Why are you still bothering with Vinyl – why not just get Ableton and use the auto-sync mode like a real DJ?
The other day I bought an MP3 download for the first time in 18 years! I won’t buy another. It’s funny, I was so worried I would lose it or it wasn’t downloaded properly and I still am! That’s a new thing that made me realize how much I love vinyl. The feel of the record, getting it out of its sleeve, the age of it is right in front of you. It’s a weathered product like us humans, it gathers dust, scratches and nicks that give it personality. The history of it, the first release, the ‘undergroundness’ and lack of commerciality. The white labels and limited releases. The production information that you get on the label, that leads you to discover about the bloke who was also involved, which in turn spurs you on to look him up on Discogs. The image of the inner label turning around, people listening in the crowd can see/guess and also access your tune more easily, so in turn they are closer to you in spirit. The artwork and design on the sleeve and the weathering of the sleeve that shows age. Searching for old vinyls with other like-minded collectors, finding something you have been looking for for years…re-selling your vinyl to someone who really wants it and making them happy…paying top dollar for a huge tune that very few other people have, and a tune that was only ever released on vinyl…lugging a heavy box around and the feeling you get from that…the look of all my records on the shelf at home always gives me pleasure…searching through them to decide my set…or wondering where that one record is that I feel I want to play that goes with another tune so well and takes me 20 minutes to find…’nuff said?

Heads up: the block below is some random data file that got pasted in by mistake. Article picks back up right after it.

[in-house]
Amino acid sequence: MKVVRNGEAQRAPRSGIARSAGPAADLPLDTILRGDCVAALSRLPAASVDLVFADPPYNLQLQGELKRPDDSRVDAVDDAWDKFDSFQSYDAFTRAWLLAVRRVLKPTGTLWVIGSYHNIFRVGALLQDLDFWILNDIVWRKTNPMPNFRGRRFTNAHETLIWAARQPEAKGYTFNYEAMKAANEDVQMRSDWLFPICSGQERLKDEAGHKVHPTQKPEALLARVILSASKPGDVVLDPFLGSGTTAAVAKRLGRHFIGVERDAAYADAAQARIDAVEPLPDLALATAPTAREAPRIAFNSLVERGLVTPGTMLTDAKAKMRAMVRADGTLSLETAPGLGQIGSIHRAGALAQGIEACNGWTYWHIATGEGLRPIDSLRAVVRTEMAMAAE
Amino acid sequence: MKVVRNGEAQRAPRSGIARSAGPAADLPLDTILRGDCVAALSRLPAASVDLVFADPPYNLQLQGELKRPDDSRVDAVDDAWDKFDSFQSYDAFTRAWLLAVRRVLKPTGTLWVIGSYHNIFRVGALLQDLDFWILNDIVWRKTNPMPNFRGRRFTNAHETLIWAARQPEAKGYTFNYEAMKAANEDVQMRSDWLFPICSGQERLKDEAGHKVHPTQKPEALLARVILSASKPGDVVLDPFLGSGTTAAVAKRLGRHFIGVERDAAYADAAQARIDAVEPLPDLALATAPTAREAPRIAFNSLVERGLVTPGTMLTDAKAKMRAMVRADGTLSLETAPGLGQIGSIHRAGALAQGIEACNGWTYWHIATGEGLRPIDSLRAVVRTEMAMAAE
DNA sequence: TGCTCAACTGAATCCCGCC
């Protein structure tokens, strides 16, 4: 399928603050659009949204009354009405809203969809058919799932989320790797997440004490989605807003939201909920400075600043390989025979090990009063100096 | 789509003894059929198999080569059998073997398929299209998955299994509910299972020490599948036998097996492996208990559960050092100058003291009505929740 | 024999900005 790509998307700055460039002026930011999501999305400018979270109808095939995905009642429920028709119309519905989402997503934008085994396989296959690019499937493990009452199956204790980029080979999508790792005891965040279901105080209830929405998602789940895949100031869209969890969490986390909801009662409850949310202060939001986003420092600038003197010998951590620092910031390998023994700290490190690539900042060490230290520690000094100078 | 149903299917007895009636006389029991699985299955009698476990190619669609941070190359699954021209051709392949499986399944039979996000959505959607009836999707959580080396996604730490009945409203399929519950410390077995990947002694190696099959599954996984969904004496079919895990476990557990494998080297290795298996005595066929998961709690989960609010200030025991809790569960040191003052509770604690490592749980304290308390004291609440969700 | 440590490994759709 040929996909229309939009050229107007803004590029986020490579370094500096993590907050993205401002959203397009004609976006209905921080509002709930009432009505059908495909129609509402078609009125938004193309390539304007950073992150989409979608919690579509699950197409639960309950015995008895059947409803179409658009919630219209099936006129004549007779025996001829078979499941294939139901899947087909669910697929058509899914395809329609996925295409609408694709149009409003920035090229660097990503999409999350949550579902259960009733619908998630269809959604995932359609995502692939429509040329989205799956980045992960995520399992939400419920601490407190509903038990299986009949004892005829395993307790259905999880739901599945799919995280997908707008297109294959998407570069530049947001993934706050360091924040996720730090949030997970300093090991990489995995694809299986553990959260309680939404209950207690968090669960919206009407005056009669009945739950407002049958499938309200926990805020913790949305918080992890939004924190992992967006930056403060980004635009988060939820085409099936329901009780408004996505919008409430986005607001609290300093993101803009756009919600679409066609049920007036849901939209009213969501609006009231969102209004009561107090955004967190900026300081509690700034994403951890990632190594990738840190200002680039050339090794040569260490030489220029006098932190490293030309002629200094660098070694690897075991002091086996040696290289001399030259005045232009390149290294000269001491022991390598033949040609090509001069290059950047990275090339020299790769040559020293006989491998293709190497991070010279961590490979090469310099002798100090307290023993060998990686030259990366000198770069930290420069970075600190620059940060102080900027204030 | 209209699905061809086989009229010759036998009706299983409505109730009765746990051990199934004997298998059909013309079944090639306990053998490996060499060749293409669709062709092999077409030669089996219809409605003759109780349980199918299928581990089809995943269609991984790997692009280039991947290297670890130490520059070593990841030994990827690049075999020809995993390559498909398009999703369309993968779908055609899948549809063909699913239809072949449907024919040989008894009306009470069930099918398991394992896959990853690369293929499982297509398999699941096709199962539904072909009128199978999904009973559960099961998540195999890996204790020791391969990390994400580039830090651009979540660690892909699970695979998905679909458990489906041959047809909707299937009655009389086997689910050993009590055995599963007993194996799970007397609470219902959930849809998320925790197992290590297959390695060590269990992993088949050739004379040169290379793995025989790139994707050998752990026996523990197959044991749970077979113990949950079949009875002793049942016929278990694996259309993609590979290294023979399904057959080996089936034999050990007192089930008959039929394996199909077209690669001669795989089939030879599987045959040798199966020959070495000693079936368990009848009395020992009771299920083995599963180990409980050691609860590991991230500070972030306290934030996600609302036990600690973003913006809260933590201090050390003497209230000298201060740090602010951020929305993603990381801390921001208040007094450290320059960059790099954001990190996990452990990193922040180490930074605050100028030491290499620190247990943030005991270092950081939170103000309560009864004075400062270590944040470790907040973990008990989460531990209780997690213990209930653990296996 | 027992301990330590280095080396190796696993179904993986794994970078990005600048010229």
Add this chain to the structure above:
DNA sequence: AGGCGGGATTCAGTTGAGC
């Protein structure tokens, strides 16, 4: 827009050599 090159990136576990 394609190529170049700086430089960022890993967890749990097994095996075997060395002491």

I guess it’s good to go back and see how it all started, how people started Djing – those were the original DJs. Grandmaster, Herc, Francis Grasso, Frankie Knuckles, David Mancuso, Larry Levan. I personally don’t get excited watching a DJ use CDJs or Ableton, it doesn’t do anything for me apart from the music itself, or if he mixes really really well like Dillinja or DJ Fu, but even then I’ll prefer a DJ who plays vinyl but mixes less ‘cos he takes more time to queue his records. Nearly all the best sets I’ve heard in Shanghai have been on vinyls. It’s a feeling! I love hearing the VOID guys or that Sinagporean dude who plays with Siesta in the Drum and Bass scene. I appreciate they play vinyls and they love their collections and are proud of them.
What are the greatest lengths you’ve gone to get a tune on vinyl? What’s your most expensive record?